Goldman Sachs CEO Denies Gender Bias In Credit Limits For Apple Card

(RTTNews) - Goldman Sachs Inc. Chief Executive David Solomon on Thursday denied allegations of gender discrimination in setting credit limits for the Apple Card, which is administered by the financial services giant.

The CEO promised to deliver more transparency to the investment bank's clients when taking decisions.

Solomon's comments come after a social media furor earlier in November that Apple Card offered different credit limits for men and women, and that algorithms used to set limits for the card might be inherently biased against women.

"There's no gender bias in our process for extending credit. There's no question that different applicants can get different results, and that can be for a variety of reasons," Solomon told Bloomberg TV in Beijing during the New Economy Forum, being organized by BloombergMedia Group.

The Apple Card, Apple's first credit card, was introduced by the tech giant in March this year in partnership with Goldman Sachs and Mastercard. The card was rolled out to all U.S. customers in August.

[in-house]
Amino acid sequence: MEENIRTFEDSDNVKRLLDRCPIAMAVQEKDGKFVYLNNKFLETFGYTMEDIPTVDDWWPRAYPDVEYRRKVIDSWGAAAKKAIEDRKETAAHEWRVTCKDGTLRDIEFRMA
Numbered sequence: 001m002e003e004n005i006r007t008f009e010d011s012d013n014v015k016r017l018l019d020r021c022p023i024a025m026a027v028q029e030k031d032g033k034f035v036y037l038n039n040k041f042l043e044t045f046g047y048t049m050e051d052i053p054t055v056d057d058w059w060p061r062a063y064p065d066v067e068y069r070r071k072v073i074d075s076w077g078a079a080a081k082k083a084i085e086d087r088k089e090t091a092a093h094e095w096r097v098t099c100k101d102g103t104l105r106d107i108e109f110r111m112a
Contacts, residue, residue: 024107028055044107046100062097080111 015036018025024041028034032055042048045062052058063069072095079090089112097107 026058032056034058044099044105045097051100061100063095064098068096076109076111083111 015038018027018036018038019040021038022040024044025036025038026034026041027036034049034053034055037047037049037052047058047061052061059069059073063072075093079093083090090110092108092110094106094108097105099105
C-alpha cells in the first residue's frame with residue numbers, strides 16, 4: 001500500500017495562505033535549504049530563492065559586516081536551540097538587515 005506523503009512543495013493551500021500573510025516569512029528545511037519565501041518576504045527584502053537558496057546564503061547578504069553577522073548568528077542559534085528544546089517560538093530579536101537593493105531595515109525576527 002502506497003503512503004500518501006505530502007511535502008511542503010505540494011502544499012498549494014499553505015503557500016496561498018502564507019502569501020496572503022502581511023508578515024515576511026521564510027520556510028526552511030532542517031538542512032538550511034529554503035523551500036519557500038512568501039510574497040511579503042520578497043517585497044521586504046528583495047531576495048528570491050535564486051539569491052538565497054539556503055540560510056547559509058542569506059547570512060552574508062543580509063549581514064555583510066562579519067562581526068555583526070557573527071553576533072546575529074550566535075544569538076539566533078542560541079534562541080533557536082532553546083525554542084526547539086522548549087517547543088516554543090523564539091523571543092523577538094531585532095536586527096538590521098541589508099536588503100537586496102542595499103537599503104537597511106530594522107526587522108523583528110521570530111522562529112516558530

Last week, the New York Department of Financial Services initiated a probe after a series of viral tweets by tech entrepreneur and web developer David Heinemeier Hansson about algorithms used for the Apple Card.

Hansson said the Apple Card gave him a credit limit 20 times greater than that of his wife, even though they have shared assets and she has a higher credit score. He called the card's "black box" algorithm a sexist program.

Hansson also tweeted that when approached Apple in an attempt to rectify this, he was told that credit limits are determined by an algorithm.

The tweets immediately went viral and were supported by Apple co-founder Steve Wozniak, who said he had a similar experience.

In response to the allegations, Goldman Sachs said at that time that the bank evaluates each individual's application for a credit card independently, based on factors such as his personal credit scores and how his debt has been managed. The bank added it does not make credit decisions based on factors like gender.

According to a Bloomberg report in early November, Goldman Sachs lent $10 billion in credit to Apple Card as of September 30, and customers had $736 million in the loan balances at the end of September.

The views and opinions expressed herein are the views and opinions of the author and do not necessarily reflect those of Nasdaq, Inc.

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